By Chris Wood
This week the Environmental Protection Agency and the Army Corps of Engineers proposed a radical change in how the nation manages our streams and wetlands.
For most of the first 30 years of the Clean Water Act, its rules applied to large and small, perennial and temporary, streams and virtually all wetlands. The new proposal would remove the protections of the Clean Water Act from many small streams, especially the so-called ephemeral streams that flow after rainfall or snowmelt. Nor would they apply to wetlands that are not contiguous to perennial streams.
If the proposal is finalized up to 20 percent of the stream miles in the U.S., and up to 50 percent of wetlands would lose the protections of the Clean Water Act.
Ephemeral streams are the capillaries of the landscape. They help to transport nutrients and gravels downstream. They can be important sources of food and cover for fish. Most important, they have a profound effect on downstream drinking water. Historically, for example, before animal waste, gas tanks, chemicals or other potential pollutants could be stored in such places, they would need a permit. Similarly, if a company wanted to build a road or a pipeline through one of these areas, they would need a permit under the Clean Water Act.
If this proposal comes to pass, that will no longer be the case. And as soon as it rains, or runoff occurs, all of those pollutants could be transported downstream. Pipelines through or across ephemeral streams will also not be required to comply with Clean Water Act permits. Since 1987, there have been more than 3,200 serious pipeline accidents for natural gas alone. How many more will occur if the oversight of the Clean Water Act is removed from pipeline construction in ephemeral streams?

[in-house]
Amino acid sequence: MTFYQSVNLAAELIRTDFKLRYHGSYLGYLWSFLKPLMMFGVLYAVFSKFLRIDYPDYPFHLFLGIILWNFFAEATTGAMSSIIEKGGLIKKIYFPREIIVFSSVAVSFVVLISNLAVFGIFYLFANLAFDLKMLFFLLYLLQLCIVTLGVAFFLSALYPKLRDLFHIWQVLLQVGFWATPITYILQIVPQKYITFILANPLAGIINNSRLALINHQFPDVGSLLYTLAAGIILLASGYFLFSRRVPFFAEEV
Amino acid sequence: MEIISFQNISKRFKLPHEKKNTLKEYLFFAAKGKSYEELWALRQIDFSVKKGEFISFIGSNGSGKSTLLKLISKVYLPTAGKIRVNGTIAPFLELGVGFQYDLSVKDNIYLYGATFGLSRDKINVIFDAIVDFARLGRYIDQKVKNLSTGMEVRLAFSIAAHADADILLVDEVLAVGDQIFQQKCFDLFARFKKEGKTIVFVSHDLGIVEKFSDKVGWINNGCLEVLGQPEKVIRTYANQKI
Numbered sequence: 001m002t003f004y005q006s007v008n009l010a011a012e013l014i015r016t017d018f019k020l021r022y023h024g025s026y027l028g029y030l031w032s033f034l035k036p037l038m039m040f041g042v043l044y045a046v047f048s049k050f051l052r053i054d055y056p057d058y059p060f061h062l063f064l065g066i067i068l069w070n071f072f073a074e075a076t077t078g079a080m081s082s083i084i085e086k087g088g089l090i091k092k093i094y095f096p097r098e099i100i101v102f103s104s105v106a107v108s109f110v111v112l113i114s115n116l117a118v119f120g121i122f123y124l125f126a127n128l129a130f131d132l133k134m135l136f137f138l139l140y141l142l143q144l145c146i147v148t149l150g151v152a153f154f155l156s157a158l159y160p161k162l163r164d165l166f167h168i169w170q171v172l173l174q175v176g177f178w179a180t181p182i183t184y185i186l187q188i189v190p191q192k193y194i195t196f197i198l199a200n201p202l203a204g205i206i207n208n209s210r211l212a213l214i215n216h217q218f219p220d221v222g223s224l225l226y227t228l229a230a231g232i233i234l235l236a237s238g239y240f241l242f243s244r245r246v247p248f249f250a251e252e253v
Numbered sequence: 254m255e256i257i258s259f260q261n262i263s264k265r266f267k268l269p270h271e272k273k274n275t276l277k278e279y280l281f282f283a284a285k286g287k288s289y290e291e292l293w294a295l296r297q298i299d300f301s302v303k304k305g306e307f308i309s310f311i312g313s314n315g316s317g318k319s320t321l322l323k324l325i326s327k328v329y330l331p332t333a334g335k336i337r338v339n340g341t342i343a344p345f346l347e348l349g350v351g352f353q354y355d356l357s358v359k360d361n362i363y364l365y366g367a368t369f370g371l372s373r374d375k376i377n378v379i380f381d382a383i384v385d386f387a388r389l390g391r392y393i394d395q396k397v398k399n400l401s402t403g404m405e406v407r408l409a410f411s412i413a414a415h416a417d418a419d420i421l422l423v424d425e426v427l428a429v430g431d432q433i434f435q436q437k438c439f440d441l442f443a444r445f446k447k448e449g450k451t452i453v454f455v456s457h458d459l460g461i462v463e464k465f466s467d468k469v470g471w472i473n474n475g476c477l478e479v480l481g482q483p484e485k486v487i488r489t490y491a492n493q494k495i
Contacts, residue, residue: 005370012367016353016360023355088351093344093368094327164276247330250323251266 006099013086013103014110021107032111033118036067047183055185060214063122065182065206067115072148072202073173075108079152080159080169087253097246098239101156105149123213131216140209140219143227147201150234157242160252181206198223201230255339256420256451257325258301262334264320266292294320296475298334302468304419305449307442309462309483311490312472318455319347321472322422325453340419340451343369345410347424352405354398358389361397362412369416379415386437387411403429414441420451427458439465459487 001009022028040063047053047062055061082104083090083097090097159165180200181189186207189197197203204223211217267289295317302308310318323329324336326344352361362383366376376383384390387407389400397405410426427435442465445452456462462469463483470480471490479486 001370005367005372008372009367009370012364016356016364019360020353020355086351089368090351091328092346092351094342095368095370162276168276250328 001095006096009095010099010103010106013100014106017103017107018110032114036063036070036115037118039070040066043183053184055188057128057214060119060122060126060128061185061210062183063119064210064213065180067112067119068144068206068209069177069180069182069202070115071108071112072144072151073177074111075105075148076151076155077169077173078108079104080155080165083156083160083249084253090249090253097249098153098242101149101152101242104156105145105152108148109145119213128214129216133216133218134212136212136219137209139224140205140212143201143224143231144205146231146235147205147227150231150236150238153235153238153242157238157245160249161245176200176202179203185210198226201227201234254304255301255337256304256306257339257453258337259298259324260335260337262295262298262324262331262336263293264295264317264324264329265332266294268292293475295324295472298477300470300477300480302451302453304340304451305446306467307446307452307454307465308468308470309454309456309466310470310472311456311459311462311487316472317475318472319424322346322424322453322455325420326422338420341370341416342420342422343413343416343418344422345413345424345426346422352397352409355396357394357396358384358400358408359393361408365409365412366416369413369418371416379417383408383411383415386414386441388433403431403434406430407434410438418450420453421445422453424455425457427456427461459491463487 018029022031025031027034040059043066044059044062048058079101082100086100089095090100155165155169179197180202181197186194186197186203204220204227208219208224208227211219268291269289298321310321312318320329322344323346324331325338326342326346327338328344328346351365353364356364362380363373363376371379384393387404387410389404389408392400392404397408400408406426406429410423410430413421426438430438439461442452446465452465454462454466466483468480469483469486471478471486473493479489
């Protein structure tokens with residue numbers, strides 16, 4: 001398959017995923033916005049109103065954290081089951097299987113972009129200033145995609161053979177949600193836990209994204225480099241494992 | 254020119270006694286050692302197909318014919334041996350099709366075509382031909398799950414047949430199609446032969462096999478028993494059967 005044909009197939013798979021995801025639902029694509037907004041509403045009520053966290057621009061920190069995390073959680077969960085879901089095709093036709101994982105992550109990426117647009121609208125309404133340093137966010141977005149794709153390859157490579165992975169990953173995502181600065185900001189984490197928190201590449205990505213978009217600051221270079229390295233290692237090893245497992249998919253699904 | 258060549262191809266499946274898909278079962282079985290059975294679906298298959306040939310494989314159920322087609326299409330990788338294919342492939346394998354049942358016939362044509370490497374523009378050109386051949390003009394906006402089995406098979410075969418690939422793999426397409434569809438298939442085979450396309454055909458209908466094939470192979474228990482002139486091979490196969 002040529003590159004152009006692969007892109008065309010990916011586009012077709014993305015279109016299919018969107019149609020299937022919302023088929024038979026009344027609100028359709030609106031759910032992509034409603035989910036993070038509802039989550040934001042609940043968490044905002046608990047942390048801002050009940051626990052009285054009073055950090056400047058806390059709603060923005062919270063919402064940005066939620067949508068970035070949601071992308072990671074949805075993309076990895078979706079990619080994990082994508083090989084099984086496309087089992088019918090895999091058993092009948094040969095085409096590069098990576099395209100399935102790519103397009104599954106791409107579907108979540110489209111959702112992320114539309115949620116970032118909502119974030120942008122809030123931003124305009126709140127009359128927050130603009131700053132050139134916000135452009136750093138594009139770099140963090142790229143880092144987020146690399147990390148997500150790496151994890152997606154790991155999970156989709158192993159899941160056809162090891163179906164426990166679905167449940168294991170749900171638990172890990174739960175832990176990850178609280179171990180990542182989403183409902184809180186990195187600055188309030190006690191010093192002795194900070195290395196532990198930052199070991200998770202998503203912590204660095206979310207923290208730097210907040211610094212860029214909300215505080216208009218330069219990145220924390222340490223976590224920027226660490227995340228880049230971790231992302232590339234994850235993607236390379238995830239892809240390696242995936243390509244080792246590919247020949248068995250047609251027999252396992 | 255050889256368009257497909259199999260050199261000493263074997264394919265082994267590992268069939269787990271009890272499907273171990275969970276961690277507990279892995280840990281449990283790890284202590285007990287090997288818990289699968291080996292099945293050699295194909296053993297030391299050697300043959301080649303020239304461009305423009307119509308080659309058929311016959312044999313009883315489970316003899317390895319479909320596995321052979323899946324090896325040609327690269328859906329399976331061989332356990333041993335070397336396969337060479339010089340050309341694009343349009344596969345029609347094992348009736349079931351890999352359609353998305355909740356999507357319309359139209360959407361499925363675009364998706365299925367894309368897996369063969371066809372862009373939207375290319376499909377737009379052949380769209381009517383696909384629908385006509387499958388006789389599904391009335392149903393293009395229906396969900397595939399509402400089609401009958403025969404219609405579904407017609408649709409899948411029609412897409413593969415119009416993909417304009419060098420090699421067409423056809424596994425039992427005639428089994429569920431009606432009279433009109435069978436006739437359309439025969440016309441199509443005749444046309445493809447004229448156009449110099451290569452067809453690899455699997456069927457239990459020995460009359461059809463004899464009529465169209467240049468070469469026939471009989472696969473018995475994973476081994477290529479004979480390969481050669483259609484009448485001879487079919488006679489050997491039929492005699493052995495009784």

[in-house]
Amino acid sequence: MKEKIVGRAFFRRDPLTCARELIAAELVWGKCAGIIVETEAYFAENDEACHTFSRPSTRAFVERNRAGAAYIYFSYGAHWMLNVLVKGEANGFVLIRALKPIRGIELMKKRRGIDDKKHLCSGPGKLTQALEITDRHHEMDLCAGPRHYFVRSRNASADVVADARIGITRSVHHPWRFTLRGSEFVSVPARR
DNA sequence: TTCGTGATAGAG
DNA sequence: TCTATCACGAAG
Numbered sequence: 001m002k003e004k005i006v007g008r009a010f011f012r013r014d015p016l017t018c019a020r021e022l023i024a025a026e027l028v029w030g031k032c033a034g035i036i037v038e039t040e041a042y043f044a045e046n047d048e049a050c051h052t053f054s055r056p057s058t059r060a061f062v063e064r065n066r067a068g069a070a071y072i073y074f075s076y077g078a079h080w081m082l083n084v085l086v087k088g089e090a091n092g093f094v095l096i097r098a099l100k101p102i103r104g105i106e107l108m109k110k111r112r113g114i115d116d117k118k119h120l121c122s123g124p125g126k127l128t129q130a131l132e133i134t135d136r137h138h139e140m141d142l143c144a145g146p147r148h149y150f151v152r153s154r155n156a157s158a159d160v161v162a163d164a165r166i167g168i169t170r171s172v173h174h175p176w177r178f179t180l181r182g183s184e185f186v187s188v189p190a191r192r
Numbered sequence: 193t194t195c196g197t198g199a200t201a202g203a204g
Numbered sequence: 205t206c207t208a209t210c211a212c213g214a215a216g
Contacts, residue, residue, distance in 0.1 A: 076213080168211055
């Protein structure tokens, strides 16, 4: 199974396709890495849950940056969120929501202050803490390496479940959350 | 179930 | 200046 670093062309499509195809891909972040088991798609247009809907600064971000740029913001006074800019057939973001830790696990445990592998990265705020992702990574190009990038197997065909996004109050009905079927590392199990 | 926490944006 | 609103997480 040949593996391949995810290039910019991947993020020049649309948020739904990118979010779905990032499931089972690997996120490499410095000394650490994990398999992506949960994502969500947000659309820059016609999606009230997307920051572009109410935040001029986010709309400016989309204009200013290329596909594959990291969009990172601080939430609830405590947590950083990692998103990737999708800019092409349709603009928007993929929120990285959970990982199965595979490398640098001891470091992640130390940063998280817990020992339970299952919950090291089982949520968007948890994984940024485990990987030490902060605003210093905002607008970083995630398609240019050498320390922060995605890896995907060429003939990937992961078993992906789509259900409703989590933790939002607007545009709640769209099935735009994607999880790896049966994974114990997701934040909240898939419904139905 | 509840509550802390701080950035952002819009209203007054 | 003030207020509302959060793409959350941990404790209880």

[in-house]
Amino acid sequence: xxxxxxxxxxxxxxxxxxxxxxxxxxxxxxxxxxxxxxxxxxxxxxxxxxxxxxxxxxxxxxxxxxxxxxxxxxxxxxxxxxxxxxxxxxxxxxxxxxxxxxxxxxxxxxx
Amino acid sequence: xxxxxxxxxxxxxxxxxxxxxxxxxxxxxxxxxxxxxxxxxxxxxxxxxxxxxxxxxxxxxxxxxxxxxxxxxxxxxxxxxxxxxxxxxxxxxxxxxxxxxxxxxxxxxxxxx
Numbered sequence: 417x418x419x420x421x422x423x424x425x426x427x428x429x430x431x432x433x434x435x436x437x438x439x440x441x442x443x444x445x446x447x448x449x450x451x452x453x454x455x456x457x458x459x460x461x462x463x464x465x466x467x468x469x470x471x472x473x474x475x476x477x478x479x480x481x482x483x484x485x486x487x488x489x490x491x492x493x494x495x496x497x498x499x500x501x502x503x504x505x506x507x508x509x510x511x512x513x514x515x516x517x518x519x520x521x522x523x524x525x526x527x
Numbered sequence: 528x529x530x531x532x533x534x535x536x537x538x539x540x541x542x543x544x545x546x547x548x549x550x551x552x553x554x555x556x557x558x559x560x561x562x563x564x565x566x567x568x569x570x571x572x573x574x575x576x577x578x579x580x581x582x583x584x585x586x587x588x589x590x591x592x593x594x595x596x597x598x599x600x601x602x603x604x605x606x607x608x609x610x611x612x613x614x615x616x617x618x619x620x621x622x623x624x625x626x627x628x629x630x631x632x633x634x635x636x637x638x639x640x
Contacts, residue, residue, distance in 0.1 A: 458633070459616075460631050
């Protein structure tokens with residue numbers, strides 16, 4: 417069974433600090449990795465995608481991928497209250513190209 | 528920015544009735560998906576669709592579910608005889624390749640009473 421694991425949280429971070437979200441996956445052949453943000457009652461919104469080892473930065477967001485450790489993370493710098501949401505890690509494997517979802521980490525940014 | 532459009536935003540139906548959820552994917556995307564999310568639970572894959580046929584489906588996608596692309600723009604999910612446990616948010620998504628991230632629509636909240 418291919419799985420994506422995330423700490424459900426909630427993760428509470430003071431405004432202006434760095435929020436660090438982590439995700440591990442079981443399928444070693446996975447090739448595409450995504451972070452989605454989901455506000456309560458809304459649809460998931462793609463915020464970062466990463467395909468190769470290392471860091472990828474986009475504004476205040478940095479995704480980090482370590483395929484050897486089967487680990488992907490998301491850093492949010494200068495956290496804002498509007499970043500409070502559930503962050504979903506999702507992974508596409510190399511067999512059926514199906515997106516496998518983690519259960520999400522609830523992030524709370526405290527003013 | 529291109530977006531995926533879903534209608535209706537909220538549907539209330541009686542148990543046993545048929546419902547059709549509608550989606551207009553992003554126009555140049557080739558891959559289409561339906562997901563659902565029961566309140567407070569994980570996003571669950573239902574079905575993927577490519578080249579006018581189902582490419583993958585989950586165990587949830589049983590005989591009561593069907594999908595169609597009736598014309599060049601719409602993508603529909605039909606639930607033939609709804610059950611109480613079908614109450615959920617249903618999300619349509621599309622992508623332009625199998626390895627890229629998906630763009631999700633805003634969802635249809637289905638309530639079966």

The proposed Waters of the US Rule establishes a floor—a much lower than previous floors to be sure. Some states may choose to expand and increase their protections to cover the many waters abandoned by this proposal . But many will not.
So many debates about the environment are complicated and arcane. For example, western water law is challenging. Liability associated with abandoned mine clean-up is a head-scratcher.
Then there is clean water.
For almost 50 years, we have made a national, state and local commitment to keep our rivers fishable, drinkable and swimmable. More than 117 million Americans get their drinking water from small intermittent and ephemeral headwater streams. This is not merely an issue for sportsmen and women. If you turn on the tap, and expect your water to be cool and clean, you should care about this proposal.
Most of us support responsible development. Development that comes at the expense of our clean water is not responsible. TU will be actively involved in engaging our 300,000 members and supporters to help dramatically strengthen this proposal so that it helps to make our waters cleaner, not dirtier. If we are convinced that the rule can’t be dramatically improved to make our waters better, we will work hard to block it.
So, please stay tuned, and be sure to act when we ask you to do so. We have a long row to hoe before this proposal is finalized.
Chris Wood is the president and CEO of Trout Unlimited.